In May 2014, a team of researchers from Yale University and the Nepal Study Center of the University of New Mexico designed a field research study to assess the impact of ground water arsenic in the two VDC of Nawalparasi and Rupandehi. Funded by the Yale University’s Global Health Initiative, this pilot study examines health literacy, filter adaptation, and respiratory effects of arsenic contamination. With the help of the international partner and the host institution Pratiman-Neema Memorial Health Institute (PNMHI), the two principal investigators (pre-med students Dipika Gawande and Jenny Wu of the Yale University) carried out the field study. The other international collaborator was the Dhulikhel Hospital of Kathmandu University.
PNMHI assembled a diverse research team of undergraduate students, community program coordinators, health professionals, and public health experts for this survey study. It also held a focus group discussion involving municipality representatives and officials, policy makers, teachers, and locals to discuss policy prospects regarding the arsenic contamination issue in Nawalparasi. This research aims to find conclusions about filter adaptation and water policy related to arsenic exposure in the Terai.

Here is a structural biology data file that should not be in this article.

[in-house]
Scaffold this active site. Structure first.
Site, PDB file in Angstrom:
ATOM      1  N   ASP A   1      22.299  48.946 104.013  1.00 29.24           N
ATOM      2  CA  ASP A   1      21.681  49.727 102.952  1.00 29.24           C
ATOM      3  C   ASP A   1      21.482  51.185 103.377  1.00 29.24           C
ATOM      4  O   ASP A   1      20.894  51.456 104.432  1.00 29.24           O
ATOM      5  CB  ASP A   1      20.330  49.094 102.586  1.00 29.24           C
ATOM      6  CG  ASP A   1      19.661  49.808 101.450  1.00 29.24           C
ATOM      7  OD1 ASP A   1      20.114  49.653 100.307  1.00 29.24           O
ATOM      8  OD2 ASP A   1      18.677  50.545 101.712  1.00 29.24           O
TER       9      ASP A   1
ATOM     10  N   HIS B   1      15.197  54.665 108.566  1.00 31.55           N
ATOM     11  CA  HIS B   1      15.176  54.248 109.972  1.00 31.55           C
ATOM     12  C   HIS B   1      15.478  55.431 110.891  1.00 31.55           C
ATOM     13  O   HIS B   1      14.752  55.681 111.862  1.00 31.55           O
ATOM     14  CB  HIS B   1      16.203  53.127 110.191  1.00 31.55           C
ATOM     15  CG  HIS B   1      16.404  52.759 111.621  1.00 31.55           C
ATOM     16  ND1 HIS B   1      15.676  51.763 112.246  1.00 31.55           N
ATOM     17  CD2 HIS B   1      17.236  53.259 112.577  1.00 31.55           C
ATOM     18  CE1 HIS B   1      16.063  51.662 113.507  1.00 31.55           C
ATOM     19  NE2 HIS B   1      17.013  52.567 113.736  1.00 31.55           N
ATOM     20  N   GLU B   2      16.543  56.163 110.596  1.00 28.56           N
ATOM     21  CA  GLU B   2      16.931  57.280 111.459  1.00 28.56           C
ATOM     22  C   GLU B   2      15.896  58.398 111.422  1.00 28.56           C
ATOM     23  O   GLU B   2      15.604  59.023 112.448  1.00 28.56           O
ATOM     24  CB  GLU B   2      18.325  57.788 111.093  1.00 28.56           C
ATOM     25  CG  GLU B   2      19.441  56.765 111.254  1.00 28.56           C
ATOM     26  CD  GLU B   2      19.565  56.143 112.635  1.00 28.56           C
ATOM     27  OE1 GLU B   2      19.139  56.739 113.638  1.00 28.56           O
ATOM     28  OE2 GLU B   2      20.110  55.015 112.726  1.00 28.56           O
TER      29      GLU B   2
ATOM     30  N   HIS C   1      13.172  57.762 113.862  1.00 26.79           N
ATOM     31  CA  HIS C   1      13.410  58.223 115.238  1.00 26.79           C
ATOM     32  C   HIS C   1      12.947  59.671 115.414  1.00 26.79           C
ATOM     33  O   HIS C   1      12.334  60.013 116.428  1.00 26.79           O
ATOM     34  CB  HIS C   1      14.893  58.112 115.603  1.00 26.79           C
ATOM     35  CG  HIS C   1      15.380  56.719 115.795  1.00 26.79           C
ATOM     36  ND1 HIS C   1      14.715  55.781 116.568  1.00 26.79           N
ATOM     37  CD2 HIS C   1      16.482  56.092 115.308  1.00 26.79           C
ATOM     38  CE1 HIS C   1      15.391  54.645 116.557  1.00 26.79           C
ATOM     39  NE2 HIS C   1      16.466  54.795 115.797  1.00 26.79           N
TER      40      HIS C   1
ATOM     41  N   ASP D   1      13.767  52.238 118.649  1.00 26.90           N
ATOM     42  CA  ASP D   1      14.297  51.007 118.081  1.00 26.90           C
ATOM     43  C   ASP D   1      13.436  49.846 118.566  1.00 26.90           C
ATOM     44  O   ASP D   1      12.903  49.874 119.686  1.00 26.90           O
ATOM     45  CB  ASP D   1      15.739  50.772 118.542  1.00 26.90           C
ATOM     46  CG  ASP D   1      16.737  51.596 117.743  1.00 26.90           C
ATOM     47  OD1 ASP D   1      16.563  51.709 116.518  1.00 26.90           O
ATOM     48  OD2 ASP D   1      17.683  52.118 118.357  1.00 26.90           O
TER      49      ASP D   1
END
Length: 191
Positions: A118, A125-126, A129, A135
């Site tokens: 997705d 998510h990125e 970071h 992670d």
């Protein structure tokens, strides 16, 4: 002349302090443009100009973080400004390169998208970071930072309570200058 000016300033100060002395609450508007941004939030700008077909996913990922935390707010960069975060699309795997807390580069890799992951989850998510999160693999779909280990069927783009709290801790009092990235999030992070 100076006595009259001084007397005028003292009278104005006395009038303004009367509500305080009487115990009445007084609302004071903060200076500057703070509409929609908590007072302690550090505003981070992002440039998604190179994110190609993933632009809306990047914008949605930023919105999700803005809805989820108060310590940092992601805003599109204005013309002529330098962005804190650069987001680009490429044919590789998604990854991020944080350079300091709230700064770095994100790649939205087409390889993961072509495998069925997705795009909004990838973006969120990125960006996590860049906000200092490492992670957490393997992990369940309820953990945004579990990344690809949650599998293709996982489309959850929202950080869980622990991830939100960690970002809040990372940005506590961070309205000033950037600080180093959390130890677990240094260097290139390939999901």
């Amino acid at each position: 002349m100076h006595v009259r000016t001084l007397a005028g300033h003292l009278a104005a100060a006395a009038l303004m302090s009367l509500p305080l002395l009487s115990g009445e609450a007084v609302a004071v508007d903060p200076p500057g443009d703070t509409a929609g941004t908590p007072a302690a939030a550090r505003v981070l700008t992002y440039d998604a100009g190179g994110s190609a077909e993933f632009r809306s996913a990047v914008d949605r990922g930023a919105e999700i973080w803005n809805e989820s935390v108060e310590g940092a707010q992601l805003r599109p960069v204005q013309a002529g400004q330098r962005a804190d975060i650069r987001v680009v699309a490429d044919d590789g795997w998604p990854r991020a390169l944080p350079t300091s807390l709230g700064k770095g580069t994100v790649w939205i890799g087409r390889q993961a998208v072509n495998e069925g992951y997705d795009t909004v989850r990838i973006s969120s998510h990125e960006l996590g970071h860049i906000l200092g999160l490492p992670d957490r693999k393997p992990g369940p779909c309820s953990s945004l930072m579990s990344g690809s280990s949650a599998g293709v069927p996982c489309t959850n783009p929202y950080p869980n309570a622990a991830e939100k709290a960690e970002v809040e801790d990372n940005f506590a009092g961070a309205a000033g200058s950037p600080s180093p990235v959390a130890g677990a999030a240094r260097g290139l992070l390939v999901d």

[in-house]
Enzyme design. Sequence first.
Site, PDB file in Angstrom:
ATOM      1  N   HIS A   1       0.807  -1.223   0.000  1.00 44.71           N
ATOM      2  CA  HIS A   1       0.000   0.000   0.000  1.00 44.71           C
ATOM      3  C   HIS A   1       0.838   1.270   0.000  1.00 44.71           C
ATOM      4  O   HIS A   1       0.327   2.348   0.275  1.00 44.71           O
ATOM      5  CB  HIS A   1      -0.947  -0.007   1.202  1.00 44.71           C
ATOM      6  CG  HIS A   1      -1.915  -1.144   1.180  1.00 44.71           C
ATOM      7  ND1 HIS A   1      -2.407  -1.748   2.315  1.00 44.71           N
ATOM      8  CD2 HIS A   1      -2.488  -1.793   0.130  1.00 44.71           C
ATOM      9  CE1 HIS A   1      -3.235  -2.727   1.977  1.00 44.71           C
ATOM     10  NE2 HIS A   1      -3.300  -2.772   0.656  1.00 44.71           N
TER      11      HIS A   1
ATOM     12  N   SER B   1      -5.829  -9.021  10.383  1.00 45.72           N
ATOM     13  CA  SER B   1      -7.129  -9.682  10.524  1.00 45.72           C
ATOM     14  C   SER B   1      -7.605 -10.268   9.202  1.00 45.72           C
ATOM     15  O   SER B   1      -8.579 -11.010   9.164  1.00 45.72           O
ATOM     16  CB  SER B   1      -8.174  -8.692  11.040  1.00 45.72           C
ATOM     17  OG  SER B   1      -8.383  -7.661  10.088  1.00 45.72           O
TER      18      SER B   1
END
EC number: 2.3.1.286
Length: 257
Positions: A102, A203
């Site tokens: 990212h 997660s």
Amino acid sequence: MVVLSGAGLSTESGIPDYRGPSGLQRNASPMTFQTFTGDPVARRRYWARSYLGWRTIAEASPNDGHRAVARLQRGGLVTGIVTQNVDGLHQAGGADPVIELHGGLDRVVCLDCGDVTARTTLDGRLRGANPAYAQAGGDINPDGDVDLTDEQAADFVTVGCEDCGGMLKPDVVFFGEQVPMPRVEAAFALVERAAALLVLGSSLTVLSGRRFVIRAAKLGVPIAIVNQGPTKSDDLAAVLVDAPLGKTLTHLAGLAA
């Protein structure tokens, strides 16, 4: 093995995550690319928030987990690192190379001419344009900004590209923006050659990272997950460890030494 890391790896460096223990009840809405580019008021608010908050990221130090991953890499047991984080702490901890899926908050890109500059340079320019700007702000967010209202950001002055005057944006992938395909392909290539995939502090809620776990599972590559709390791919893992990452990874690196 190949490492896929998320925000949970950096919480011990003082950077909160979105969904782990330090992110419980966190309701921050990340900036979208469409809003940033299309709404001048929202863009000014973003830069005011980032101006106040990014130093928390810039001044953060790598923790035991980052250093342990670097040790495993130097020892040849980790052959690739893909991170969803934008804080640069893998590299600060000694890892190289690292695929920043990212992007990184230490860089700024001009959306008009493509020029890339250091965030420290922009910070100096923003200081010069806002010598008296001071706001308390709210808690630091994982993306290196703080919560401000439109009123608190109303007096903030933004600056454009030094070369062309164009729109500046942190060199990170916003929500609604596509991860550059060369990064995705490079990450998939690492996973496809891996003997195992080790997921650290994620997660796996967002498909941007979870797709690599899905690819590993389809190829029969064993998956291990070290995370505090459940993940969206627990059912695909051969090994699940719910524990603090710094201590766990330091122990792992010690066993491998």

Investigators: Dipika Gawande and Jenny Wu (Yale University)
Dr. Alok Bohara and Dr. Catherine Yeckel (mentors)
Dr. Alok Bohara of the University of New Mexico and Dr. Catherine Yeckel of Yale University served as research mentors for Dipika and Jenny. The other research members are Soumi Chowdhury and Kristina Piorkowski of the University of New Mexico, both graduate students at the Department of Economics. Samita Giri (Dhulikhel Hospital), Dinesh Thapa (Dhulikhel Hospital), Tejaswi Bista (Trichandra College), and Mr. Arjun Paudel (PNMHI) served as research coordinator, field coordinator, personal coordinator, and the arsenic expert respectively. Mr. Dharma KC, Managing Director of PNMHI, helped manage the logistical arrangements for the visiting team from Yale.